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#childsafetytips | Mr. Potato Head? Not a problem — but these toys were | #parenting | #parenting | #kids


Just a short while ago, like back in February, if you posted a photo of Mr. Potato Head “reading” a book by Dr. Seuss, you would most likely have received relatively innocuous comments along the lines of “Cute throwback pic, I had both of those as I kid!” or “I don’t get it, why is a potato reading a book? What’s the message?”

Post that same pic today and you’ll start a Twitter war.

Of course, Hasbro didn’t actually change Mr. Potato Head’s gender or take the “Mr.” from its name, nor did the Biden administration have anything to do with Seuss Enterprises pulling six books from its catalog. Hysterical reactions aside, seeing Mr. Potato Head and Dr. Seuss all over the news got me to thinking (here comes the segue!) about other toys and games with roots in the 20th century that would be problematic today — not due to political/social implications, but because they were dangerous and/or stupid.

Vac-U-Form by Mattel

Hey kids, how would you like to learn about the industrial process of vacuum forming! The Vac-U-Form was a metal machine with a hot plate on which you would place a piece of plastic that could be molded into forms such as a plane or a dolphin. That’s right: you’d plug it in, warm it up, and start heating plastic!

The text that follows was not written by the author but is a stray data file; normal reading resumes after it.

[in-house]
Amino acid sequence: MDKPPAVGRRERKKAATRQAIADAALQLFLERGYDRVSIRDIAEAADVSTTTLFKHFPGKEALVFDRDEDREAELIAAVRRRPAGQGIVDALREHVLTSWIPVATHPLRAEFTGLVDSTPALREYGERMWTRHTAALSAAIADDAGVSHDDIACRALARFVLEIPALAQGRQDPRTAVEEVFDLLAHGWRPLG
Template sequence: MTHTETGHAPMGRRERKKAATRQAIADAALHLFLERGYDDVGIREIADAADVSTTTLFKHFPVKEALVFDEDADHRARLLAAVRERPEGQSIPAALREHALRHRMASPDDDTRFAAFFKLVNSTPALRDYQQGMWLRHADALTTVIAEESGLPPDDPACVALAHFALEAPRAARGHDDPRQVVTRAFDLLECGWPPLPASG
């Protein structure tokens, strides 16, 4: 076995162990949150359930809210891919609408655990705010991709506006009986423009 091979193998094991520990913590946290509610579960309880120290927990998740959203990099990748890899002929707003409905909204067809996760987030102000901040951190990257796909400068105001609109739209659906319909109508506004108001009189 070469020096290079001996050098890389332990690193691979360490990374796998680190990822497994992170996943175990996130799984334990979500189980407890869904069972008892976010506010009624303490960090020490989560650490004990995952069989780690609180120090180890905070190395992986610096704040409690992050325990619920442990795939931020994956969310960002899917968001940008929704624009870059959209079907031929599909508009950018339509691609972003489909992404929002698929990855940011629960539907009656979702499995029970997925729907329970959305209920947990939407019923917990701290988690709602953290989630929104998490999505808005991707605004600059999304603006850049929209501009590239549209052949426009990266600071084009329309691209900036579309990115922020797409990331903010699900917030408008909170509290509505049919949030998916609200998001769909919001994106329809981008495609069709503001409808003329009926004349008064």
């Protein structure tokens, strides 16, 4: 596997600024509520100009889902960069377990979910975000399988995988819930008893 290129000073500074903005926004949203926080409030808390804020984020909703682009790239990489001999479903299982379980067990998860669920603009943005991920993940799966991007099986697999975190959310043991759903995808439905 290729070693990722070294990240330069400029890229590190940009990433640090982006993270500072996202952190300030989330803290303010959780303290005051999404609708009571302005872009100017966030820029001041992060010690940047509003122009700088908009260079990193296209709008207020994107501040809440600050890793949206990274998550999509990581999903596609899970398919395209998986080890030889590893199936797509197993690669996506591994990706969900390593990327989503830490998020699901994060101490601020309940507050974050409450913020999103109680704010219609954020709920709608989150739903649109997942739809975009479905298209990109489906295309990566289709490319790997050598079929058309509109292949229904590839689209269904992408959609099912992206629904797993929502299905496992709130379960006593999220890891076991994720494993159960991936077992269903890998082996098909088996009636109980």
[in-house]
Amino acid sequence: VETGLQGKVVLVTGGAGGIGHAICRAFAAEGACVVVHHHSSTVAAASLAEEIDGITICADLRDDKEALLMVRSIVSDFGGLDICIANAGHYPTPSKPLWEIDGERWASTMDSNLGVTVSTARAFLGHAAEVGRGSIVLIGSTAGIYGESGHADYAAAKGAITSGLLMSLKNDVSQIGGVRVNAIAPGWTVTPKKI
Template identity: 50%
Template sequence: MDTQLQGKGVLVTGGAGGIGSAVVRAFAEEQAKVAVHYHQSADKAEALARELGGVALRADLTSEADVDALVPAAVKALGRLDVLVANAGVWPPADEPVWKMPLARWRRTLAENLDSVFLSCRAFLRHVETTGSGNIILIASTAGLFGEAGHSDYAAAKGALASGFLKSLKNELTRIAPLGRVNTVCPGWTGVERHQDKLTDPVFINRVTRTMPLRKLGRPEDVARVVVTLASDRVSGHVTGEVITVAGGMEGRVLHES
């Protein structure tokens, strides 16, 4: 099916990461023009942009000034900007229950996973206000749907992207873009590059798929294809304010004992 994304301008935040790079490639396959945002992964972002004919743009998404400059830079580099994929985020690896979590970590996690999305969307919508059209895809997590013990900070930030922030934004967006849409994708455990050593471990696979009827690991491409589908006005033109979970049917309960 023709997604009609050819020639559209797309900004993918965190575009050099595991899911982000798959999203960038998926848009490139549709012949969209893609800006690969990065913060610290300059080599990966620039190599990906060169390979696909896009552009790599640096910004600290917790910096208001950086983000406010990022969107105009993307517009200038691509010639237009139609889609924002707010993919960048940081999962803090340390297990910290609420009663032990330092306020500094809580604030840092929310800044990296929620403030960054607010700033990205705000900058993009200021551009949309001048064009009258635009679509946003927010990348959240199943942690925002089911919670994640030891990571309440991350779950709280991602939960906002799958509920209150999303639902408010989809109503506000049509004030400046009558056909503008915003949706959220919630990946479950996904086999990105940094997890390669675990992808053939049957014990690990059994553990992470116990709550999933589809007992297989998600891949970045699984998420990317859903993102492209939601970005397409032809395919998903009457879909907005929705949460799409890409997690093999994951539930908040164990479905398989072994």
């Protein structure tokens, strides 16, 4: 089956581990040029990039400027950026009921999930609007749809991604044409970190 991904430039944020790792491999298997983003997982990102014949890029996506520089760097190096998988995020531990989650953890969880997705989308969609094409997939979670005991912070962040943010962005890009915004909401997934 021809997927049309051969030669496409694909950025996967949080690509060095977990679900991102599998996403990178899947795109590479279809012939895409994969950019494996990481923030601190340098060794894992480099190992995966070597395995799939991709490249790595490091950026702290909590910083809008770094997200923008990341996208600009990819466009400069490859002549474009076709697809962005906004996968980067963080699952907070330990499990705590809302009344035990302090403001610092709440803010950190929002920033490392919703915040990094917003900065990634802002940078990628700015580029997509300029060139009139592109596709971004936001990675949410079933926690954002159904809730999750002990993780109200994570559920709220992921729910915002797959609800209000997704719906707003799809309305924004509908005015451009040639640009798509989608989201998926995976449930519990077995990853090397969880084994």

Pay no heed to the “PERFECTLY NORMAL’ smoke emanating from your Vac-U-Form.
Sun-Times file

From Mattel’s 23-page instruction booklet, and they’re the ones using capital letters: “Allow the Vac-U-Form to warm up for 10 minutes. WHEN YOUR VAC-U-FORM IS NEW, THE HEATING CHAMBER WILL SMOKE FOR 5 TO 10 MINUTES THE FIRST TIME YOU TURN IT ON. THIS IS PERFECTLY NORMAL.”

Little Lady Hot Stove, Creepy Crawlers

In the same vein as the Vac-U-Form, there was the Little Lady Hot Stove, which looked like something out of a tenement apartment in a Nelson Algren novel, and reportedly generated more powerful heat than an actual, full-size kitchen stove; and Creepy Crawlers, which afforded the little ones the chance to pour a substance called “Plastigoop” into metal molds shaped like bugs and bake ’em until the noxious fumes filled the air.



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